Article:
short story

Amaya #6 : Away

“But Amma”, started Amaya.

“No means no. It is too slippery over there, and you will stay inside the house.”, said her mother firmly.

That was the first time she had been prevented from playing in the rain. Her neighbour had had a bad fall the day before, as the continuous rains made the neighbourhood slippery.

She was sad, so much that she was almost at tears. But as she stuck her head to the window, her friend reassured her : Better luck next time.

Another day, it had been the fear of acid rain. How can my friend harm me?, she wondered. She asked. A drop fell on her right eye, and rolled down. She had to wait days, looking out the window, before her friend finally returned.

But all of these were mere temporary restrictions. The real one came when she was sent away to hostel for her higher secondary education. She was absolutely banned from playing in the rain, and the barely got the chance to meet her friend. These rare occasions were followed by sessions where the wardens would scold her so badly that even the drops would shudder.

And then, little by little she got so much into that vicious circle of life, she no longer waited at the window. No longer searched the skies.

short story

Amaya #2 : The Old Lady 

“Amu, what are you staring at?” asked Grandpa.

“It is going to rain, Grandpa.”, she replied.

He frowned at the bright sky. Later that day, the grey corroded the blue sky. It became more grey, as if it were trying not to pour down, till it finally gave in. Amaya had had an incomplete nap, when it arrived.

It declared that this time it was falling apart for an old lady, who lived in a big house. But the house no longer belonged to her, except for a tiny room where all her belongings had been stashed away.

Her two sons lived in the same house, with their wives and kids, but nobody ever came up to check on her. So much that in that corner in the upper floor, she did not have any bed, cot or mat to sleep on. Her sons had forgotten about the bed, and their mother. So she decided to sleep in the wooden cupboard – the only furniture her children let her keep.

The cupboard was as old as the house – which was very old – and had a partition in the middle. It had two beautiful doors with carvings on it. One half had shelves – where she kept her stuff ; and the other half had none – where she slept.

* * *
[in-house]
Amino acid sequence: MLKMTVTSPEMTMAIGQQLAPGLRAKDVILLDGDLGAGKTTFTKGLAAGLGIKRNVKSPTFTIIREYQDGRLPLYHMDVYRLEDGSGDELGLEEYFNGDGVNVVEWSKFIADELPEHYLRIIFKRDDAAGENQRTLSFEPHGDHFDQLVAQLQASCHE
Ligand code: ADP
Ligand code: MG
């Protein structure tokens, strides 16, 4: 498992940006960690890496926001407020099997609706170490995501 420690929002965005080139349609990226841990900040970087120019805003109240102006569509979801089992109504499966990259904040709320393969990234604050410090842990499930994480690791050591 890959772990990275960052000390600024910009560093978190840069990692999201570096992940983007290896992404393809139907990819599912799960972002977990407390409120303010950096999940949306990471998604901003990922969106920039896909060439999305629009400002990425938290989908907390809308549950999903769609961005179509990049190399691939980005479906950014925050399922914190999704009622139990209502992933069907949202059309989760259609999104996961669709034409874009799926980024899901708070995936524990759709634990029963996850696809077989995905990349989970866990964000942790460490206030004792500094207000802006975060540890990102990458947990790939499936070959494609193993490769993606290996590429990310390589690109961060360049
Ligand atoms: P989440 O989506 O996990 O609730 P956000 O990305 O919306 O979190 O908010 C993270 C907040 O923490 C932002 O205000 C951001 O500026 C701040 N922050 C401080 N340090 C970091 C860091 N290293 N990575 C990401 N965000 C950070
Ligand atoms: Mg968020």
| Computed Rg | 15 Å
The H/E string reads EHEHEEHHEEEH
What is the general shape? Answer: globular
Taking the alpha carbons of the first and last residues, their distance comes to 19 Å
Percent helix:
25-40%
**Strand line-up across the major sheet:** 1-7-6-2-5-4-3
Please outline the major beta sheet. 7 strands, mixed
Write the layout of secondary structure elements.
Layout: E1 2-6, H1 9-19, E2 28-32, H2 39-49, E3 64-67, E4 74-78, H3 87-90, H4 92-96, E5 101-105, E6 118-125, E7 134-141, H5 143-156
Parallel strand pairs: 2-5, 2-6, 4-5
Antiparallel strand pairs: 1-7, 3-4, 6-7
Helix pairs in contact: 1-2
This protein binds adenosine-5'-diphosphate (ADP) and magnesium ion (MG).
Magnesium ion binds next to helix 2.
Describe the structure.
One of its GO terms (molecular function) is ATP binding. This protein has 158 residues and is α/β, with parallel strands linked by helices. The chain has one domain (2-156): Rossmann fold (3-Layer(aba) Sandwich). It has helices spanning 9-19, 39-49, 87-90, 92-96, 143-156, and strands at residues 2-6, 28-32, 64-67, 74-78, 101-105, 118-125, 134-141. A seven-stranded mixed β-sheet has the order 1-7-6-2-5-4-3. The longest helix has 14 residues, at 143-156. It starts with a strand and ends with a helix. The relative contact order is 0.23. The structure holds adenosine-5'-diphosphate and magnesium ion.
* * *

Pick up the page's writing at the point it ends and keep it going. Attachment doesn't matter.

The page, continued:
Two days ago, one of her daughter in laws locked the cupboard, not realising the old lady was asleep in it.

What happened next, little Amaya does not remember, for she had returned to completing her nap.

short story

Amaya

She stood there, sky high, a mere window pane separating her from the grey horizon. Lightening shot through it, while she watched drops lashing against the glass. The drops ran all over, blurring the burning city lights. She watched, she observed – confused.

Her cousin sister, jumping and dancing in the rain, called out to her,” Come on Amaya, why aren’t you dancing?”

Amaya loved to dance in the rain. But she would not budge, because she knew that the rain was sad. It was crying for somebody, somebody who could bear no more. Her grandpa often tried cheer her up with paper boats, but they would all sink – every time the rain was sad. She would also fall sick at times.

She was born in the month of the rain, and named after it. She grew up watching the rain, and it never let her down. She danced with it when it was happy, and it showered on her when she was sad. She missed it dearly during summer, eagerly expecting the sudden unexpected showers.

Her first day in a new city, she was lost in the rain. The rain that went on beating against the pane, continuously with a consistent force. For the first time, her best friend had caught her by surprise. It was unhappy, but not exactly sad. For the first time, she could feel its anger.

 

horror fiction, poem

The Lamp Post

On the ground. Was she?

Deep in the hustle, yet

So very out of reach 

From the cracking campfire 

It escaped her every​ memory.

She longed, stretched and reached

But never there.

Amidst the leaves’ rustle, yet

No more could trample them.

Beneath the flood of the lamp post

All that was, among other shadows

Was her silhouette.

©NM